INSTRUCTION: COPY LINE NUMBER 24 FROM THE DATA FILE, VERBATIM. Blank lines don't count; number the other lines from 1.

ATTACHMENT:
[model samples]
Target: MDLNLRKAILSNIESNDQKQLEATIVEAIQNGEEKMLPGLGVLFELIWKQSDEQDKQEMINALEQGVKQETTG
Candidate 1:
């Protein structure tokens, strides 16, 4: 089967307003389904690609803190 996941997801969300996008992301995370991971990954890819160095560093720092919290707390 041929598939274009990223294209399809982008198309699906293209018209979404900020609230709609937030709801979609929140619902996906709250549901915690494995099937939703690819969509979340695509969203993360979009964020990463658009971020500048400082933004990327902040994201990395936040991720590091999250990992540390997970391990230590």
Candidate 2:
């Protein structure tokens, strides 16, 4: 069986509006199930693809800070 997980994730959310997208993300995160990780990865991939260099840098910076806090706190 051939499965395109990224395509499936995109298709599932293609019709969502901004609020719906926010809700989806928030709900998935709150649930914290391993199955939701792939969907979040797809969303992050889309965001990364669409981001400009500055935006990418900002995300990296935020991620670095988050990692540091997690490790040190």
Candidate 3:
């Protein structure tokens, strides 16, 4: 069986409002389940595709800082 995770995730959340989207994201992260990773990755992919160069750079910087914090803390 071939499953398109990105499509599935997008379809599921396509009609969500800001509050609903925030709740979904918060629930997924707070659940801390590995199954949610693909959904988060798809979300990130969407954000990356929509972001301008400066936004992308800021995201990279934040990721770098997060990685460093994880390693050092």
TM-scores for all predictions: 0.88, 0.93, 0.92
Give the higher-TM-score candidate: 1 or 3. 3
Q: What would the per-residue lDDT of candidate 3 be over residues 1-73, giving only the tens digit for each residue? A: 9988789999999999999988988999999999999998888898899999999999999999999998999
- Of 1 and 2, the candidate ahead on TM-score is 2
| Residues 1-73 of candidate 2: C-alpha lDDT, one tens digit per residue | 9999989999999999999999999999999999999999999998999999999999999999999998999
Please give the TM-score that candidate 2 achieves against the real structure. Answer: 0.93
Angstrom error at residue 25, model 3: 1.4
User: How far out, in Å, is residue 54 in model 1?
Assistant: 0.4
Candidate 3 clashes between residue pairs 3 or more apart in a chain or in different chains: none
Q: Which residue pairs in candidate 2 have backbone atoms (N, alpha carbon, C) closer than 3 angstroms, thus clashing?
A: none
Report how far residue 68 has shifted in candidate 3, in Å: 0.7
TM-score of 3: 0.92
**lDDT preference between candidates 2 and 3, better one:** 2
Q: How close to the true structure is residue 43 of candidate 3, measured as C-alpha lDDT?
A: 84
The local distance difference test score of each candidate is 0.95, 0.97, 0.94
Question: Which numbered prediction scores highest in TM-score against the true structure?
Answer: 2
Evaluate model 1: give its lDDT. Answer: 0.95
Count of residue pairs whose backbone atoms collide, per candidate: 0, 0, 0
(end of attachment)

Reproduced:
Q: How close to the true structure is residue 43 of candidate 3, measured as C-alpha lDDT?